A strong earthquake centred off the coast of northeastern Japan shook buildings as far away as Tokyo and led to a tsunami warning for coastal areas.
The earthquake hit in the same area as a devastating quake and tsunami in March 2011.
The earthquake in 2011 killed nearly 20,000 people and triggered the world's worst nuclear crisis in 25 years.
The quake had a preliminary magnitude of 7.3, the US Geological Survey said, adding that there was no risk of a widespread tsunami.
The quake measured a "lower five" on Japan's scale of one to seven in Miyagi prefecture.
This measurement means there might be some damage to roads and houses that are less quake resistant.
The scale measures the amount of shaking and in that sense gives a better idea of possible damage than the magnitude.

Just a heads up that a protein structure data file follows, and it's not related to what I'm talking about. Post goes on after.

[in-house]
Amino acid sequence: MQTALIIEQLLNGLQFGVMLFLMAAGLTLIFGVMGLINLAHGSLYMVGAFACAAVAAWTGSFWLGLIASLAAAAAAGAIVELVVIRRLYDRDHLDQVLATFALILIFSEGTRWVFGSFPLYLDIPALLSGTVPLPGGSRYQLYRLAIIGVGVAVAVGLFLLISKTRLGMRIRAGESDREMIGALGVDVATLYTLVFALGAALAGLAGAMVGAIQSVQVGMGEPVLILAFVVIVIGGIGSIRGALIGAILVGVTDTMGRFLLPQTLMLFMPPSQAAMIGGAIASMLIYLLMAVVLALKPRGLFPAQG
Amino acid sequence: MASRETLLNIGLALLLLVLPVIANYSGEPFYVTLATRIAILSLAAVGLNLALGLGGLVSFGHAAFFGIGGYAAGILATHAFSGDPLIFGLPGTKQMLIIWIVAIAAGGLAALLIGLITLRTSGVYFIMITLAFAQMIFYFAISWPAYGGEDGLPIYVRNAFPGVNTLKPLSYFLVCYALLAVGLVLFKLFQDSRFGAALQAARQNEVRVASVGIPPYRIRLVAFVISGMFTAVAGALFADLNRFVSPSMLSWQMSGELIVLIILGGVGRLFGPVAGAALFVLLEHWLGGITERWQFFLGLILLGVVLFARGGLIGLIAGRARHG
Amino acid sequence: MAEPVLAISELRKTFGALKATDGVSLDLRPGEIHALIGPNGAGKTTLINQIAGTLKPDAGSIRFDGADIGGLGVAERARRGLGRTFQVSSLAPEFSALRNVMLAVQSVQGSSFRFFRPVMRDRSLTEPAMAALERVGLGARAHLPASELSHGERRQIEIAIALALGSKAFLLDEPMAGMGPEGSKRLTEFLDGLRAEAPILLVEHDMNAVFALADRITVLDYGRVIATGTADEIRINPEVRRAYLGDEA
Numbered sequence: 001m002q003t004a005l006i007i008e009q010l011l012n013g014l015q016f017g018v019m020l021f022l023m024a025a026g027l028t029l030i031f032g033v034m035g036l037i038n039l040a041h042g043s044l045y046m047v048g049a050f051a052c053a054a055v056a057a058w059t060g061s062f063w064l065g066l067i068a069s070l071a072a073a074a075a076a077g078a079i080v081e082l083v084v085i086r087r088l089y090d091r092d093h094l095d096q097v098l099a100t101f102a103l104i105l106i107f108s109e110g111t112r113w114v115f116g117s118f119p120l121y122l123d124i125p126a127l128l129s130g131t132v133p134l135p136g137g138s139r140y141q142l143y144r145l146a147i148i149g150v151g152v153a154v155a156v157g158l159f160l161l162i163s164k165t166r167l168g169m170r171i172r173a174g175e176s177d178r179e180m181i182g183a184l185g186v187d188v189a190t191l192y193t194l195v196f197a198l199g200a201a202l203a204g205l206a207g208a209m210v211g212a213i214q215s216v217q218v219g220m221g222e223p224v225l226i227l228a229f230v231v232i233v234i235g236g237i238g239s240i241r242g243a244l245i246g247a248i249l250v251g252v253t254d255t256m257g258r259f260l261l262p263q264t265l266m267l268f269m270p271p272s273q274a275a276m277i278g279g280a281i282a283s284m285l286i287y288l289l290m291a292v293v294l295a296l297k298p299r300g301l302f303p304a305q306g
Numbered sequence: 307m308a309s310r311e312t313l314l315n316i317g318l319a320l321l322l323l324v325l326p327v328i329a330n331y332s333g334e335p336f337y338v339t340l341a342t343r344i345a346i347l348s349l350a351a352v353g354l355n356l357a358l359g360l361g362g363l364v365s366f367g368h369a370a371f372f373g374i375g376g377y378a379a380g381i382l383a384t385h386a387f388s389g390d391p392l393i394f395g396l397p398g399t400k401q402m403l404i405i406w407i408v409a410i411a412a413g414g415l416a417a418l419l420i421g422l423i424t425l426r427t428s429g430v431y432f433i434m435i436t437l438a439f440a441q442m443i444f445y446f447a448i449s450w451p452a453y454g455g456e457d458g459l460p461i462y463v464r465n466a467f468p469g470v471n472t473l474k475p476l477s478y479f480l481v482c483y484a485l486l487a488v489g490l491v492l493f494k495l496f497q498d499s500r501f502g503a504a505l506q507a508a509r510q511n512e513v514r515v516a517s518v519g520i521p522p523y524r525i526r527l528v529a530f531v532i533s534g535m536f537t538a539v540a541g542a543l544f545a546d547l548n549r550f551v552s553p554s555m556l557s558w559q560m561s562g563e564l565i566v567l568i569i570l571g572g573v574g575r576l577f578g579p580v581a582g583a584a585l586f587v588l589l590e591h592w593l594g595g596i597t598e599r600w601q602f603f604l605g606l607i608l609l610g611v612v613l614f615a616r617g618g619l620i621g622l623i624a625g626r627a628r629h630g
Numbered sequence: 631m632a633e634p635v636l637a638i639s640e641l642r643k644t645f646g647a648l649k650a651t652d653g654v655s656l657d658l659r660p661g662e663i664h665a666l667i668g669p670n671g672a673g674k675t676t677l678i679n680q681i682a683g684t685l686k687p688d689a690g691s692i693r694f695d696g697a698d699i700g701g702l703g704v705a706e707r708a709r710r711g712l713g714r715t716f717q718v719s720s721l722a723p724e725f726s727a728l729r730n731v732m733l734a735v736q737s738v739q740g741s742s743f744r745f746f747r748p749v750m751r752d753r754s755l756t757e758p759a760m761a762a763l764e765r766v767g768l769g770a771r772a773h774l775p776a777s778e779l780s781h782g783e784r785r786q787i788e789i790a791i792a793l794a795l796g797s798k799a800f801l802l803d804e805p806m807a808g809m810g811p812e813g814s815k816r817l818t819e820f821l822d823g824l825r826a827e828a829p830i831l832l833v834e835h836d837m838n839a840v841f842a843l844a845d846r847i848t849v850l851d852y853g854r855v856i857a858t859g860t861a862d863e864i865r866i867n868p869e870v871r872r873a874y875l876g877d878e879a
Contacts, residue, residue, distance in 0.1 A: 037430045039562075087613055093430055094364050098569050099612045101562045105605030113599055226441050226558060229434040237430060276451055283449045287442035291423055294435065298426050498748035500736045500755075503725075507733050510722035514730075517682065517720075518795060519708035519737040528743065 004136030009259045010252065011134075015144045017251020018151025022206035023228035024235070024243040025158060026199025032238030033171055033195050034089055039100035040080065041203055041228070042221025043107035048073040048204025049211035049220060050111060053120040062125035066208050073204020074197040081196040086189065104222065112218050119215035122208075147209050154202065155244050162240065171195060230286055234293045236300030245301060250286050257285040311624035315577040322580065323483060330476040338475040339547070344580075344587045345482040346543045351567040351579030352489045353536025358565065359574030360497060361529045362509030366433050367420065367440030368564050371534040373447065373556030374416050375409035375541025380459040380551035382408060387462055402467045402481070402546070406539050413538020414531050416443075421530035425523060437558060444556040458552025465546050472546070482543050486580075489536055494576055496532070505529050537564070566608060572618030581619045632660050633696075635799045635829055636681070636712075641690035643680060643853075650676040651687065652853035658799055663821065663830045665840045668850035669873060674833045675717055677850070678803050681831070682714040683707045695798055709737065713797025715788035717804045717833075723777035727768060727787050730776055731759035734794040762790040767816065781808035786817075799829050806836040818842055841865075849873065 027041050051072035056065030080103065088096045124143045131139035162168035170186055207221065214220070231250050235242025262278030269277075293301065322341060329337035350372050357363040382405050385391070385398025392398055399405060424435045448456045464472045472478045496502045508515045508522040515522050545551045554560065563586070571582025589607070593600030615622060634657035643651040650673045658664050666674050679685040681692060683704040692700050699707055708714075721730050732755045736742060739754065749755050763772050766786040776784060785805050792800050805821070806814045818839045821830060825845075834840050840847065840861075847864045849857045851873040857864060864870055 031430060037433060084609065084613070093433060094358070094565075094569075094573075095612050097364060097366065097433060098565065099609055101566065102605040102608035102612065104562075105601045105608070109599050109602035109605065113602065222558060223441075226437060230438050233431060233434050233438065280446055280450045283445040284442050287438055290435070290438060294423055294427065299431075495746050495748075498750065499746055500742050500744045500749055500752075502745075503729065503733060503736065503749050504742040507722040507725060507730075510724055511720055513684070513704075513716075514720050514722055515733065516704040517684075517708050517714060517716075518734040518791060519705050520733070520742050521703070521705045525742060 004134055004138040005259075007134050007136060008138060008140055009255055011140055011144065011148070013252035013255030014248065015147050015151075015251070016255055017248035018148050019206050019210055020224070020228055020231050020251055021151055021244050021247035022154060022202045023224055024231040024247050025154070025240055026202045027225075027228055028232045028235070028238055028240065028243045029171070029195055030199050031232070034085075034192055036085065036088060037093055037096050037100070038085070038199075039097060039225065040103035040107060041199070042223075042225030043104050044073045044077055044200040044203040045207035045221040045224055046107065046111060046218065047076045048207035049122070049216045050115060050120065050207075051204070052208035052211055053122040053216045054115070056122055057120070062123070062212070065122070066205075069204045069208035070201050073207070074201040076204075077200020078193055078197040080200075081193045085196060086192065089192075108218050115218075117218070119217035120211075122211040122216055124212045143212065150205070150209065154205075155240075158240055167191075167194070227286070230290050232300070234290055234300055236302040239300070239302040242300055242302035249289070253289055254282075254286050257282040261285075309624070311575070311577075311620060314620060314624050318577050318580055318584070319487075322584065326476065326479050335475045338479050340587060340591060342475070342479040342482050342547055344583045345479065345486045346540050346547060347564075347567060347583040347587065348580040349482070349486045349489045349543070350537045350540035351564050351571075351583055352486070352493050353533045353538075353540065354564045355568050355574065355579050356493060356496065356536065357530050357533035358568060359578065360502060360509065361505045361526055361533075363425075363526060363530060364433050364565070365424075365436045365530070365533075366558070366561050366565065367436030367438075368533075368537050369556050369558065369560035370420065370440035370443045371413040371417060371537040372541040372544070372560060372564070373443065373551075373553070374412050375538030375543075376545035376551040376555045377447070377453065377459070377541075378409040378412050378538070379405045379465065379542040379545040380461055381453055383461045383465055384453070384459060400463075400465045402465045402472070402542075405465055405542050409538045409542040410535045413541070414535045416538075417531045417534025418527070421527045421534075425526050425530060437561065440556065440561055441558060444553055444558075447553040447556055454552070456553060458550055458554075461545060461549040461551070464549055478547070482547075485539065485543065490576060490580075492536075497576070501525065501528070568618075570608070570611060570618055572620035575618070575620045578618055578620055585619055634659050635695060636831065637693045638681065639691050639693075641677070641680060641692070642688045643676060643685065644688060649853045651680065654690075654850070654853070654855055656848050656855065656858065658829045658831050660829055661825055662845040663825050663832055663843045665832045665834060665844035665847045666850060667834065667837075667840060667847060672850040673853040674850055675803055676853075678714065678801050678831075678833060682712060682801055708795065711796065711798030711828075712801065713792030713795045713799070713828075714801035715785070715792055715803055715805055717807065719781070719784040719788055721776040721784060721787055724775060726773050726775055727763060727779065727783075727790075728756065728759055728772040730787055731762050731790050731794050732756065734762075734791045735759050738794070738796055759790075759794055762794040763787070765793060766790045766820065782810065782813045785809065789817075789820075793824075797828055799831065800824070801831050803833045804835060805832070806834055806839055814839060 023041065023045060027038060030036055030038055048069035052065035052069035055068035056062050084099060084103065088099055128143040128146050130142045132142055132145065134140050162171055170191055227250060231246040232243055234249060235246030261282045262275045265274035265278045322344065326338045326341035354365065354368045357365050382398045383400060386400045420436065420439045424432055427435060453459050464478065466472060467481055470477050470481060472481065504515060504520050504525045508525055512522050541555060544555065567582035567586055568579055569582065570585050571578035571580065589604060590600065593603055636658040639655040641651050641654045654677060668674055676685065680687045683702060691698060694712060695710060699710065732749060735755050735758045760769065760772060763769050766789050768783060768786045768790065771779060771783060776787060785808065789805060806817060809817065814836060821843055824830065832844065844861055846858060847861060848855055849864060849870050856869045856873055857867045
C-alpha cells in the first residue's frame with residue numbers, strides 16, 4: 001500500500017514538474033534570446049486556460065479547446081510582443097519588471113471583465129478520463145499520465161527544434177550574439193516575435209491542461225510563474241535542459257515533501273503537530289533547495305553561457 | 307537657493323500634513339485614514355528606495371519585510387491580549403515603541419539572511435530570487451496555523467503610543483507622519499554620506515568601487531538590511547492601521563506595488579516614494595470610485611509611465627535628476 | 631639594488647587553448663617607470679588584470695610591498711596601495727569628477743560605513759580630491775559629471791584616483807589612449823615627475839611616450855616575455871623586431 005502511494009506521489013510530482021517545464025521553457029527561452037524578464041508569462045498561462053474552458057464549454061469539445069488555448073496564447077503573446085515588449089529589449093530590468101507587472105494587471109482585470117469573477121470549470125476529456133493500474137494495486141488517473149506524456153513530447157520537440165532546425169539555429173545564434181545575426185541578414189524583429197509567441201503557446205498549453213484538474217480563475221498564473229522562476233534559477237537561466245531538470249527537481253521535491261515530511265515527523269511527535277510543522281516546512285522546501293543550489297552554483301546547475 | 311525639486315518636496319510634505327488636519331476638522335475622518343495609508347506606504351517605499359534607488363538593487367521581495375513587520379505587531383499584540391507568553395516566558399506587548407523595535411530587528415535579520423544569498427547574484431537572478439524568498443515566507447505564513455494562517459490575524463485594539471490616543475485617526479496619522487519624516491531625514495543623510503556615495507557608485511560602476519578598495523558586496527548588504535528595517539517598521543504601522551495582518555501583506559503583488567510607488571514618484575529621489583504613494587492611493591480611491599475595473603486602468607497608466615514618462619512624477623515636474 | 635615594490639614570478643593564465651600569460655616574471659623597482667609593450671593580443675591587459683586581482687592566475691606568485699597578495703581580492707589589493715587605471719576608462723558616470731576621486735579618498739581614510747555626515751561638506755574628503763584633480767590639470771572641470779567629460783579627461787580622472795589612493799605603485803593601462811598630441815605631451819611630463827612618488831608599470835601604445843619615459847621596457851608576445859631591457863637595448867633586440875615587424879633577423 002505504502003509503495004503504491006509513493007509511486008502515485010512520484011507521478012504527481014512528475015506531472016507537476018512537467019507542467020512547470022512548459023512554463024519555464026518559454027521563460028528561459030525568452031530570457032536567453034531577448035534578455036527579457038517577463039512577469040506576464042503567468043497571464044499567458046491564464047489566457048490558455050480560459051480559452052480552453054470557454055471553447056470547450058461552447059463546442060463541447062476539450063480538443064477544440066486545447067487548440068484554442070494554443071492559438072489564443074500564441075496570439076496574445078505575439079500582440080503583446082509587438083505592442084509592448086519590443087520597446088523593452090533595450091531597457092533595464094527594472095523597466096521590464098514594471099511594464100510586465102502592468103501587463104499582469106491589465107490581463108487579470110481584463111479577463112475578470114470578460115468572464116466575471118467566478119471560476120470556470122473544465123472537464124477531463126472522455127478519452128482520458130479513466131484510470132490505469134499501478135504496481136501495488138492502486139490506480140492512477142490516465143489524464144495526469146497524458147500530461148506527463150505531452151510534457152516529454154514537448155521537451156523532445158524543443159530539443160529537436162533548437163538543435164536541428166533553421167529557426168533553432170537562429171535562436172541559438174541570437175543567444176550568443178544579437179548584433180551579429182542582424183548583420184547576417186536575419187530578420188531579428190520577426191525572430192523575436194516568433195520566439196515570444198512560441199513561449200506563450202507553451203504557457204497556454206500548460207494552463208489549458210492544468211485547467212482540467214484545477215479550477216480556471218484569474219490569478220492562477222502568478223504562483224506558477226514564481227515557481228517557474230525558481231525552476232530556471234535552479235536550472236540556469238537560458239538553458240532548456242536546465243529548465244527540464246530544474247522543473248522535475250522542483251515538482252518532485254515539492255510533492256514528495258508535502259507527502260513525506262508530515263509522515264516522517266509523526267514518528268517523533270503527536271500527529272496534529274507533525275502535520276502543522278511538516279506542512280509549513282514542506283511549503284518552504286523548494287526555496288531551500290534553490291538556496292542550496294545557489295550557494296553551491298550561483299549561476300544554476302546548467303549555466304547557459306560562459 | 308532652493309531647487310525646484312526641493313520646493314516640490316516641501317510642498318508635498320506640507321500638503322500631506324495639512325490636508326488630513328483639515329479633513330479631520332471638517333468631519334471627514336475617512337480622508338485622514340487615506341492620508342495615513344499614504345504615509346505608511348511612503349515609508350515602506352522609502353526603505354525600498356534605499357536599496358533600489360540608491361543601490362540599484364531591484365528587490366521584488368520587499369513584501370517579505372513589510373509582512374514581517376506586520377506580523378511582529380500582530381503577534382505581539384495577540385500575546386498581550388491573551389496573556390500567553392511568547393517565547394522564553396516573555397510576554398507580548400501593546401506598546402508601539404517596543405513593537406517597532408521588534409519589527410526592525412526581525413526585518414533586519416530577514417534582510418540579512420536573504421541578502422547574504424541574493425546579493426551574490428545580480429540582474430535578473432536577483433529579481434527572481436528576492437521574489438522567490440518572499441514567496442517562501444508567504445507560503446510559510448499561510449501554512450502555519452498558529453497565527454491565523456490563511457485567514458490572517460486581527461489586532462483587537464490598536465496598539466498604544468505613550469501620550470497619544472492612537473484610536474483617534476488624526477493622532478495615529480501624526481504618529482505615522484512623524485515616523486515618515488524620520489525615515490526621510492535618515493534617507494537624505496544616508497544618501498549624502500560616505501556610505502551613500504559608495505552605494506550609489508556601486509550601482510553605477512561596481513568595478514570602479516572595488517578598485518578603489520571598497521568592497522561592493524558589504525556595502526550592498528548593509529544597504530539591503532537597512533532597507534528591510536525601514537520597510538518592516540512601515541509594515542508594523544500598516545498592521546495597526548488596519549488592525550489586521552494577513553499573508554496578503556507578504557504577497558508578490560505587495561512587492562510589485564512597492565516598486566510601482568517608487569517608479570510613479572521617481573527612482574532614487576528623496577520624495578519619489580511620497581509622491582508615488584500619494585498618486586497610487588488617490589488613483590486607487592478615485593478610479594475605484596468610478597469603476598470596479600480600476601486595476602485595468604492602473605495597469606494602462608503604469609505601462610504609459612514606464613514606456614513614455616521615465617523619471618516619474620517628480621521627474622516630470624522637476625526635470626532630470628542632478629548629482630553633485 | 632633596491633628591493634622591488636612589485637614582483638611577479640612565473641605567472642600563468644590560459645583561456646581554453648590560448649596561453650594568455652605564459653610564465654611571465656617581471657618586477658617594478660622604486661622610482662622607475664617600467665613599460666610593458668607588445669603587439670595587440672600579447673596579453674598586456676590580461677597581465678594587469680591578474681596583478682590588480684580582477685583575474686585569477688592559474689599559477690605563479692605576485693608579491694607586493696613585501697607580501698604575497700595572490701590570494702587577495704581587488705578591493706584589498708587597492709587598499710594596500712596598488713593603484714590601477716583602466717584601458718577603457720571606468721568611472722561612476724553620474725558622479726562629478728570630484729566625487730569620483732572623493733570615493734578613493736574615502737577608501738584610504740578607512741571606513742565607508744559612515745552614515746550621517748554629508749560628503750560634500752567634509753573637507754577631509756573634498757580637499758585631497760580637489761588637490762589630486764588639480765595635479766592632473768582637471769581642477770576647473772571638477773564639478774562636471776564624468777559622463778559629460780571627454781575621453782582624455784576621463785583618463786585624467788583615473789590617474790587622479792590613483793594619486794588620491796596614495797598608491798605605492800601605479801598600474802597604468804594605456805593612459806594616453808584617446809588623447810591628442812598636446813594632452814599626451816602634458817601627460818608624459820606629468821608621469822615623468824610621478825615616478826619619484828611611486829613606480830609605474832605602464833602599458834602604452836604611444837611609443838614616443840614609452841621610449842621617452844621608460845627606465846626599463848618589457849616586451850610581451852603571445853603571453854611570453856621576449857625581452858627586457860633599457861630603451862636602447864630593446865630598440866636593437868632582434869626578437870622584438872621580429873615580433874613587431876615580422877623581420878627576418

The quake registered a "four" in Tokyo.
A warning of a one-metre tsunami was issued for the coast of Miyagi.
Much of the area is still free of people.
Prime Minister Yoshihiko Noda cancelled campaigning in Tokyo ahead of a 16 December election and was on his way back to his office, but there was no immediate plan to hold a special cabinet meeting.
Public spending on quake-proofing buildings is a big election issue.
The United Nations atomic agency has said it had been informed by Japanese authorities that no problems had been detected at nuclear power plants in the region nearest to the epicentre of today's earthquake.